Reading – Week of November 4, 2013

The Authentic Swing, by Steven Pressfield

Writers and entrepreneurs love Steven Pressfield’s work. He’s written tons of novels, but two of his nonfiction books, Do the Work and The War of Art, have gained a cult following in these circles. Why? He digs into the single biggest impediment to creative success: resistance. All those inner voices you hear (My writing sucks! I’ll never sell this product! I’m in over my head!) keep you from completing (or starting) your great work. But Pressfield explains, artfully and convincingly, that these voices are just your primitive fears and are not real. Push through, mate, push through. Pressfield’s advice is wise, even life-altering, for creatives.

The Authentic Swing has a different but equally wise premise: You (yes, you!) have a voice, an idea, a style that is yours alone. You will not be successful until your work is 100% you.

What does the title refer to? The first novel Pressfield sold was The Legend of Bagger Vance. (Sounds like a great book—at least the way he tells it. But the movie, not so much—at least the way he tells it.) Anyway, Pressfield uses anecdotes about how he wrote and sold The Legend of Bagger Vance to create a golf swing analogy about writing and unique value propositions. Apparently, no two people have the same golf swing. Identical twins even have different swings. And golfers will not be successful until they strip away all else and go with their natural swing. (I’m a little skeptical about this, since it seems to me that millions of dollars are spent annually by golfers hoping to change their swing. But, that’s for another conversation.) Every writer has their own swing, their own voice, style and process. Go with it, embrace it, hone it, says Pressfield. And I believe him.

A couple of other books I read this week and recommend:

Tinkers, by Paul Harding – It won the 2010 Pulitzer Prize, impressive for a first novel. The prose is incredibly lyrical, magical. And I loved the beautifully heartbreaking way it dealt with epilepsy and dementia.

Before Happiness, by Shawn Achor – This book spends a lot of time arguing why positivity in the workplace can transform organizations. For me, that’s singing to the choir. But I did find a few points very useful, including this tip, which seems trivial at first blush, but I think can really change organizational chatter: Start conversations with a positive topic before someone can start the social script with gossip, complaints or negativity.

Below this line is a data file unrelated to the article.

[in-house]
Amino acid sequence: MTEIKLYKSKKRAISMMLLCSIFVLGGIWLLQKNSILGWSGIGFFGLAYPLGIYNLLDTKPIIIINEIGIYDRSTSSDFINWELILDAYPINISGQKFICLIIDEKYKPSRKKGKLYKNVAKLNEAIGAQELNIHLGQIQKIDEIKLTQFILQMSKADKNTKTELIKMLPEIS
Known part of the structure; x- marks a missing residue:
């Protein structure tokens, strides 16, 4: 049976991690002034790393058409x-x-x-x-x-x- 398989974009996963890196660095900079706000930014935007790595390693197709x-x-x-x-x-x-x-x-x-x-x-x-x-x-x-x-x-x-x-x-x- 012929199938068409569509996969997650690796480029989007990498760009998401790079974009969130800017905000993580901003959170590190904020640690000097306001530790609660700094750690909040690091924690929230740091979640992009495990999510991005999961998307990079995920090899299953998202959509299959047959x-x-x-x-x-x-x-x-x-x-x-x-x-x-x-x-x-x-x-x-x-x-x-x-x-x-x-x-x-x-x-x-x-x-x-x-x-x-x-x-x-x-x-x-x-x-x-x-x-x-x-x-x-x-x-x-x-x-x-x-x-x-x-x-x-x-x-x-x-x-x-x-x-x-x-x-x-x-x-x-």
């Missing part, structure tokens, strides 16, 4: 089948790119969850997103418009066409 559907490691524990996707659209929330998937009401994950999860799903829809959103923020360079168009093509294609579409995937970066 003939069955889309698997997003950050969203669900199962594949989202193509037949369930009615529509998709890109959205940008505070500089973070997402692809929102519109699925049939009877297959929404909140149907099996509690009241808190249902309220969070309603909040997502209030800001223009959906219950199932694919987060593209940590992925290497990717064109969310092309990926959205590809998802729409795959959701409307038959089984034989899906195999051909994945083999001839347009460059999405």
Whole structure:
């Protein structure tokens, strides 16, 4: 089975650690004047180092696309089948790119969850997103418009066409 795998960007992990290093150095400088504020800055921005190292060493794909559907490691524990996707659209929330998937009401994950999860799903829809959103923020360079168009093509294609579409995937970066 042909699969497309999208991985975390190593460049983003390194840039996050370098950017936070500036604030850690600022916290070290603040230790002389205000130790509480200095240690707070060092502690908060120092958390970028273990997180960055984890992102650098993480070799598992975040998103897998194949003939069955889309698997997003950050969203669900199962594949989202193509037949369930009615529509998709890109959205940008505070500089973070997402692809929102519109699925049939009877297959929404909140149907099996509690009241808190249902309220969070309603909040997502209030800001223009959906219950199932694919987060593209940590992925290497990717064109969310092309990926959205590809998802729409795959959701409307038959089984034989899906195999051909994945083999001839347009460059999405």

Reading: Week of October 21, 2013

Fierce Conversations, by Susan Scott

I picked up this book because I was looking for a formula of sentences that would make an upcoming difficult conversation go my way, the “Easy Button” for what would be a tough talk. Yes, Scott does provide a structure for opening such a dialog, but what I find most compelling about this book is the case it makes for engaging in fierce conversations on a continual basis, at work and at home.

According to Scott, much of what is broken in our companies, communities and personal relationships is the lack of willingness to talk about the real issues on our minds. And we’ve all gotten so good at it, that we actually think we are talking about what matters. Some questions Scott raises that get at how much fiercer our conversations could be:

  • What is the most important thing to discuss right now?
  • What topic do you hope will not be brought up?
  • What are you pretending not to know?
  • What topics are understood to be off the table but should not be?
  • What are you tolerating?
  • What are you thinking but unwilling to say?

Challenging stuff, these fierce conversations. But worth the risk, I’d say. This is a book to keep on the shelf and review every few months for a fierce reality check.

Reading: Week of October 7, 2013

Running with the Mind of Meditation by Sakyong Mipham